The work of tattoo artist Keone Nunes adorns the body of Maui farmer Kyle Nakanelua.

Skin as canvas

A PBS documentary takes a
respectful look at Polynesian cultures
reclaiming their tattooing heritage

Deciding to get a tattoo doesn't exactly require intellectual debate. But the decision to get a design to be permanently, and painfully, etched somewhere on your person should not be taken lightly.

The decision is usually based on a deep desire to literally make one's mark on the world. To separate oneself from the banal and mundane. To tap into one's mana, expressed on one's most personal of canvases.

Back in the late '70s, Emiko Omori, of San Francisco, got her first tattoo, one that covers her back, depicting a Buddhist story of a pearl diver rescuing a magic jewel from a dragon. The complicated design took several years off and on to complete.

The tattoo was based on the painting and ukiyo-e woodblock printing style of Utagawa Kuniyoshi. In fact, his style was so popular during the Edo period that he was reportedly asked often by men to tattoo his intricate art on their bodies.

Omori has been a documentary filmmaker for more than three decades, distinguishing herself as the Bay area's first Asian-American news camerawoman and, later, as an award winner for the poignant 1999 documentary "Rabbit in the Moon."

This photograph, titled "Unknown Woman of Rotorua District, North Island," circa 1910, is a rare portrait of a "moko," or face tattoo, applied by grouped darning needles by tattoo artist Tame Poata. The subject is an Arawa woman of high rank.

But it's obvious the art of the tattoo has been important to Omori, personally and professionally. She had earlier created "Tattoo City," a documentary about D.E. Hardy's Japanese-styled full-body tattooing. Then two years ago, her longtime interest in the art form was piqued again when she found herself researching and working on a documentary about its origins in Polynesia.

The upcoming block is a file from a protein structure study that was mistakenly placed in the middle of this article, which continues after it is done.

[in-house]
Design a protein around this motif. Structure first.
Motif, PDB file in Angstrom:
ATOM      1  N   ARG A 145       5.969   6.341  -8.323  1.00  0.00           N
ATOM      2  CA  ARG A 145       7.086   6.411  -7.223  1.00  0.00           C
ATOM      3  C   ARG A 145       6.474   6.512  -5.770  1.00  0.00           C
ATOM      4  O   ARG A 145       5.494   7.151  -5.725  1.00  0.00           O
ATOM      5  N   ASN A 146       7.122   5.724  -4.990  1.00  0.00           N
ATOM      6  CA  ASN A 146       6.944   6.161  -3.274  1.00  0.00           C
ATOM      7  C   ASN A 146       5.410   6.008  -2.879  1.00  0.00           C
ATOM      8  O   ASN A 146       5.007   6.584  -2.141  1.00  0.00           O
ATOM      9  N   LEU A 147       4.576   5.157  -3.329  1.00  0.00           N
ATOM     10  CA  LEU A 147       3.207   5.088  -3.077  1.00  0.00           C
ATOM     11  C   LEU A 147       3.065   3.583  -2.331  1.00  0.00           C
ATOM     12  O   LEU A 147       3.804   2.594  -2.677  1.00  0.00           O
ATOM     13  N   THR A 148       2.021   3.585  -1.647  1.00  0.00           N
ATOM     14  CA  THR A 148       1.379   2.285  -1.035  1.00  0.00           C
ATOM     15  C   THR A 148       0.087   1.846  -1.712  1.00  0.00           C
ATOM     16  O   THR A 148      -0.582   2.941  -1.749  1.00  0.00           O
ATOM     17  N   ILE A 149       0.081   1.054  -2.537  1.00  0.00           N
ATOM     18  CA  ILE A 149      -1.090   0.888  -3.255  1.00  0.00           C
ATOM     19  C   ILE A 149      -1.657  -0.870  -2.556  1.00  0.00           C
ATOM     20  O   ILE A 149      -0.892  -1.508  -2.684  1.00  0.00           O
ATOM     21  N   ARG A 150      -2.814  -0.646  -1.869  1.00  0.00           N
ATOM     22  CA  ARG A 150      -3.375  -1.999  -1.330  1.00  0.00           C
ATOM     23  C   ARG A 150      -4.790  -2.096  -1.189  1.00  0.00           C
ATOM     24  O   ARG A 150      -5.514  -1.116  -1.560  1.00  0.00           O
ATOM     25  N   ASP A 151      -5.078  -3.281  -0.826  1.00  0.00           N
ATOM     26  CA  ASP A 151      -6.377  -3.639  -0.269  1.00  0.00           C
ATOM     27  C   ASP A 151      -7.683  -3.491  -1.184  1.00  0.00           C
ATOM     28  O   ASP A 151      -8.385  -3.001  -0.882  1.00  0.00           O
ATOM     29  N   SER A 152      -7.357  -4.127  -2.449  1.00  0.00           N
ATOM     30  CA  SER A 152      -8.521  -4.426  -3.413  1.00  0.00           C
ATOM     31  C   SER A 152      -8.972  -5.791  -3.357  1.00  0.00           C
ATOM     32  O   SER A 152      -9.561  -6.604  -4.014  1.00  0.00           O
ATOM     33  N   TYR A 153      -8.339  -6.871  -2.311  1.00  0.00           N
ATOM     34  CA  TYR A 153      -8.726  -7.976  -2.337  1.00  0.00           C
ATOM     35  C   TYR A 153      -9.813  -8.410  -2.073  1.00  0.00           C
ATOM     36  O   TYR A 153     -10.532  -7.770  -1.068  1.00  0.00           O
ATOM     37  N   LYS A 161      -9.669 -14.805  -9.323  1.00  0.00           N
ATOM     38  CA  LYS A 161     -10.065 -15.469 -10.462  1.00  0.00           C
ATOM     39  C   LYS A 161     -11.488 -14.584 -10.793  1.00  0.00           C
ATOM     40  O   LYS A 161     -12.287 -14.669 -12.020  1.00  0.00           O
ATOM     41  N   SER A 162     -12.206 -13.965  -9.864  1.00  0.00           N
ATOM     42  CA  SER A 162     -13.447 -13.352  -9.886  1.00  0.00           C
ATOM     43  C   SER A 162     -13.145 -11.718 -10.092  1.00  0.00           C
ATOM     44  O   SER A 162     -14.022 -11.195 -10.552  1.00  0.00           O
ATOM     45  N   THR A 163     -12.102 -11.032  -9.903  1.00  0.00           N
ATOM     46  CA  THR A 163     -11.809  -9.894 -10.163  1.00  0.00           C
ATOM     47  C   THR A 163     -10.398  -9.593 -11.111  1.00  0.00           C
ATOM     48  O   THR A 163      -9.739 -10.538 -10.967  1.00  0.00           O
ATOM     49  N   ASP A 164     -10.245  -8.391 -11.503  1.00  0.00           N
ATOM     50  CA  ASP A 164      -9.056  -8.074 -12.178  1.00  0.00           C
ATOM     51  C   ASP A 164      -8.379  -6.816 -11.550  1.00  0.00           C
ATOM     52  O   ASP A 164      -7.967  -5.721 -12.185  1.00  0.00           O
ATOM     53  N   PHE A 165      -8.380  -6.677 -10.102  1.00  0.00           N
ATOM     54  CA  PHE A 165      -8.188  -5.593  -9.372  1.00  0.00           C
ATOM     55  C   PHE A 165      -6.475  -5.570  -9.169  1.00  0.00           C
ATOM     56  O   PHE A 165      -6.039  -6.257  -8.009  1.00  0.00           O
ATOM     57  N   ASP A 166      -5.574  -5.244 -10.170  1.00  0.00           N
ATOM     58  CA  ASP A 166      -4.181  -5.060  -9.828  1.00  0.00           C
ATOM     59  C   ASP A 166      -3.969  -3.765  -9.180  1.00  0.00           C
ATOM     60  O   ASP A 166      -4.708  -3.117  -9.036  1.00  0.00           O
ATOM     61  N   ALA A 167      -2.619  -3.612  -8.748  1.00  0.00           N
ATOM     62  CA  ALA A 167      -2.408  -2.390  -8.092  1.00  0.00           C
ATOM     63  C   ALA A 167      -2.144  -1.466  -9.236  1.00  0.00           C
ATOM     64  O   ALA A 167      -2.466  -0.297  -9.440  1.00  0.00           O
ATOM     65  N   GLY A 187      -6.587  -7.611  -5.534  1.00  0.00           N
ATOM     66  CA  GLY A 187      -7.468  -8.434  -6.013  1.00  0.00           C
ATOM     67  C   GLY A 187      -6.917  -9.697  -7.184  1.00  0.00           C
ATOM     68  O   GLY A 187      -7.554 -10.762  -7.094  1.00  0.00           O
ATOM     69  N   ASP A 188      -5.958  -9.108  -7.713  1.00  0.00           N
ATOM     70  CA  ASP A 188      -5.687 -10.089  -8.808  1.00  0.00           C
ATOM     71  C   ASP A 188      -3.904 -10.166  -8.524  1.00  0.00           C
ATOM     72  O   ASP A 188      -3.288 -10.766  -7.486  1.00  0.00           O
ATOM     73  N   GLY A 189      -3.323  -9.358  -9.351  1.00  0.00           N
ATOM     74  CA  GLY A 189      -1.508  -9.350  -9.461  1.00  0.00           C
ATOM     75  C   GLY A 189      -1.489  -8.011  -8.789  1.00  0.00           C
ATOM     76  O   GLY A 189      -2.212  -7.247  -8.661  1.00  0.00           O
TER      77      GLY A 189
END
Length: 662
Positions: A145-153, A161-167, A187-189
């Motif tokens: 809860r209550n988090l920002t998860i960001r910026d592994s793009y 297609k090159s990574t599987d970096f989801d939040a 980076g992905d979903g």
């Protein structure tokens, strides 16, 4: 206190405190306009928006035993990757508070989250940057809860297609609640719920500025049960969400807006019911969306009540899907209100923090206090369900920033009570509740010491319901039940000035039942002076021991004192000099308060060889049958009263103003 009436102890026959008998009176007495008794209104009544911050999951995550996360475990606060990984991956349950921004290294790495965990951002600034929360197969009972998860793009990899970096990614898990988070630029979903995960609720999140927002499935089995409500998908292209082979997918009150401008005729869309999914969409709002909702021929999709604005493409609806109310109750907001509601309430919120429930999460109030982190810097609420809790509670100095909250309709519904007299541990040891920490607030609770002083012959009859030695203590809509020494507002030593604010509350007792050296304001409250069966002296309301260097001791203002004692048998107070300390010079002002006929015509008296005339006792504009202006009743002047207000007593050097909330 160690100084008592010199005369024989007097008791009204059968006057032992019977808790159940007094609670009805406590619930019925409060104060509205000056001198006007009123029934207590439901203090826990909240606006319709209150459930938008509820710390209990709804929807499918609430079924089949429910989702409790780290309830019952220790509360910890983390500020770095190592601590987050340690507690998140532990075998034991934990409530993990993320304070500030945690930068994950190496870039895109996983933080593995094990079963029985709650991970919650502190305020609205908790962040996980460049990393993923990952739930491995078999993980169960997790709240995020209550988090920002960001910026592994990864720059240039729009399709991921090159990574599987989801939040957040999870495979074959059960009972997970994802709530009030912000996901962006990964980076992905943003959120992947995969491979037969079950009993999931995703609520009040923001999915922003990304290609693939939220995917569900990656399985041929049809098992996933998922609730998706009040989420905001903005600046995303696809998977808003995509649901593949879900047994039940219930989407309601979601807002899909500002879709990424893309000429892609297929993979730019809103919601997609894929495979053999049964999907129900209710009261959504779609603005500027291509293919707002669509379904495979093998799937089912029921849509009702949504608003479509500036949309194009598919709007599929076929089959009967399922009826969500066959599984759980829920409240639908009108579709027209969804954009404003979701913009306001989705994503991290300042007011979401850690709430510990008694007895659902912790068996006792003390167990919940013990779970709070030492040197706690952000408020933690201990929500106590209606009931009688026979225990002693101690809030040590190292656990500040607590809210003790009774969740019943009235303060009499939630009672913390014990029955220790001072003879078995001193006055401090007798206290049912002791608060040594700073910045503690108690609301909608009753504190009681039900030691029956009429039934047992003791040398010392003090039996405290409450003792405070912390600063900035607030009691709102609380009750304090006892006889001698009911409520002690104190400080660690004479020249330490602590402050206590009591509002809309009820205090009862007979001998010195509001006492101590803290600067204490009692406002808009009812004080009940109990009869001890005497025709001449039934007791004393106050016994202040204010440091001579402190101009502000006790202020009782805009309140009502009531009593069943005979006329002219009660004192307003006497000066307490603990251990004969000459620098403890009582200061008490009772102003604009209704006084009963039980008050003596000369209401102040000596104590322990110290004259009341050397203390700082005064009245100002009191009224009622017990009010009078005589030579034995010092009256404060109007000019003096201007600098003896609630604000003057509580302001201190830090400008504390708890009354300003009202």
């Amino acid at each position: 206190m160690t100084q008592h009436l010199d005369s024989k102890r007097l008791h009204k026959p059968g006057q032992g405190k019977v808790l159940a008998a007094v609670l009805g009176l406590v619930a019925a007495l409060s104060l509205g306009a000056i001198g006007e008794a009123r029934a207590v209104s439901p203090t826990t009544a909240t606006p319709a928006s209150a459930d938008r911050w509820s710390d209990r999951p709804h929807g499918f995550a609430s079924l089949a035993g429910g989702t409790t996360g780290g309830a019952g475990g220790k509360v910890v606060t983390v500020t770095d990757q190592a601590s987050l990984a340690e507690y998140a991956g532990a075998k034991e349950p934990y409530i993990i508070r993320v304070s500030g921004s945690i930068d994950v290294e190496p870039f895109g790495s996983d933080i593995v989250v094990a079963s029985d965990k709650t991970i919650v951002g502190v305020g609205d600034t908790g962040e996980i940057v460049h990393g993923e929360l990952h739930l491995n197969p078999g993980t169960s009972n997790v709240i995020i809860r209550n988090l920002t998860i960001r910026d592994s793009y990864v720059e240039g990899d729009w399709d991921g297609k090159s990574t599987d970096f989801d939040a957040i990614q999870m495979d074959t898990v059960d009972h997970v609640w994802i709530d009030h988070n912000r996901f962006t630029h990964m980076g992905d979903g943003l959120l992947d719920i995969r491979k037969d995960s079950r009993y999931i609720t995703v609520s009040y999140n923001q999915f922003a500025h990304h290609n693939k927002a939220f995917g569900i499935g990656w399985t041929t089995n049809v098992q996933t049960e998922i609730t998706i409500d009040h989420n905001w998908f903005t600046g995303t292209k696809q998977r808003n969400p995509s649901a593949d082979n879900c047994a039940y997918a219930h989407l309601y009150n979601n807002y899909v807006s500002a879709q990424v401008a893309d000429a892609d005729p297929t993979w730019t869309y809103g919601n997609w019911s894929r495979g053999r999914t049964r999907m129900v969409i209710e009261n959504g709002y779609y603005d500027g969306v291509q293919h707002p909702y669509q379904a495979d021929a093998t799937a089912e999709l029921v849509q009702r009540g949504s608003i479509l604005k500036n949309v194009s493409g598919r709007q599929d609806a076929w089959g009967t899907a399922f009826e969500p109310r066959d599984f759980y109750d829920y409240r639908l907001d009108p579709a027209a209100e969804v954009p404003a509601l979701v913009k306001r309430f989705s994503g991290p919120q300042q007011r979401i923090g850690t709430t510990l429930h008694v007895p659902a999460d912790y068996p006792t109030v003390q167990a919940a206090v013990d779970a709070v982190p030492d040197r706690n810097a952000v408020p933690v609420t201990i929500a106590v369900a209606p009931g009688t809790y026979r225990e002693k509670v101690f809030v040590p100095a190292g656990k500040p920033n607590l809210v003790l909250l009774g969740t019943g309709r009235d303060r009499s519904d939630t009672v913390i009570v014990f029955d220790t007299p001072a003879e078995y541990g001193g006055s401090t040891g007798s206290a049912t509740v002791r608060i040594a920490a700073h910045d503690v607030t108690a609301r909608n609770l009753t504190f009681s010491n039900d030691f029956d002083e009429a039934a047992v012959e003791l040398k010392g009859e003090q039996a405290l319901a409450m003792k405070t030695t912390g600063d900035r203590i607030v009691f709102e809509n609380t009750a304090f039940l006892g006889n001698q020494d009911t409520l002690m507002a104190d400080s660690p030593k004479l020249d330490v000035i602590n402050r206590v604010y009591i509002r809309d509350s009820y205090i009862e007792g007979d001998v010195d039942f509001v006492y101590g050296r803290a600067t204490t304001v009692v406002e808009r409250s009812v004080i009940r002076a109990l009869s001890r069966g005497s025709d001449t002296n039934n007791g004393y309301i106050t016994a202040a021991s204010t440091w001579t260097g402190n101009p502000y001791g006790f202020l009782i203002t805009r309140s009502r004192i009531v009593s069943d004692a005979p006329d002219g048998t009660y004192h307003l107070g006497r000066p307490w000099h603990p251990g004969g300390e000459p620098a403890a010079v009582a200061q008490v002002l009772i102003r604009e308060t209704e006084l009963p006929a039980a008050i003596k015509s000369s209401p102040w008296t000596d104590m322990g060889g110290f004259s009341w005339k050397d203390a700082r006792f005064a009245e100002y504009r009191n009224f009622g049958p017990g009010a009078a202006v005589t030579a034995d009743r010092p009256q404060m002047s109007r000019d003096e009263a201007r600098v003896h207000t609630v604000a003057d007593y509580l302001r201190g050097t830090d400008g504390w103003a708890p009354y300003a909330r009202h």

The resulting documentary, "Skin Stories," gets its overdue national airing tonight on PBS Hawaii. It's a reverential and sensitive look at how the various cultures have reclaimed the cultural heritage of tattooing that dates back 2,000 years. Her documentary traces its migration across the Pacific, where the practice has had a renaissance, taking it beyond the realm of bikers and military personnel to the streets. Body adornment, whether tattoo or piercing, is all the current rage.

While there's a tagged-on segment with three American subjects near the end of "Skin Stories," the documentary is driven by interviews with tattoo artists and grateful recipients from Samoa, Aotearoa (New Zealand), Tonga and Hawaii. It's here that there's an emphasis on keeping one's culture alive and, maybe just as important, a communal aspect to tattooing. During the painful and long process, friends and family gather to give needed support. It's all part of perpetuating what's been called "the regal cloth of Polynesia."

"NOWADAYS, the Polynesian people use the tattoo to reclaim their culture and identity," Omori said. "Whereas anybody can get one for whatever personal reasons, here it takes a deeper meaning. It's something that you don't take lightly, especially if one's getting a bigger piece done.

This original watercolor by Joseph Jenner Merrett, from the collection of Mark and Carolyn Blackburn, shows good examples of "moko" (face tattoos) and buttock tattoos.

"Also, to keep the practice truly traditional, one has to ask permission from the chiefs in order to get a tattoo, like in Samoa and the Maori people. In Hawaii the tradition was practically gone."

Omori's documentary contains revealing interviews with two of her subjects, kumu hula Frank Kawaikapuokalani Hewitt and Maui farmer Kyle Nakanelua. Hewitt said he was considered "pupule" and a bit of an enigma back in 1972 when he started to get traditional tattoos all over his body. Nakanelua, seen working his taro patches in Keanae, said that local tattoo artist Keone Nunes so thoroughly questioned his intentions of wanting one that only after years of family research and learning the Hawaiian language was Nakanelua ready to receive his tattoo.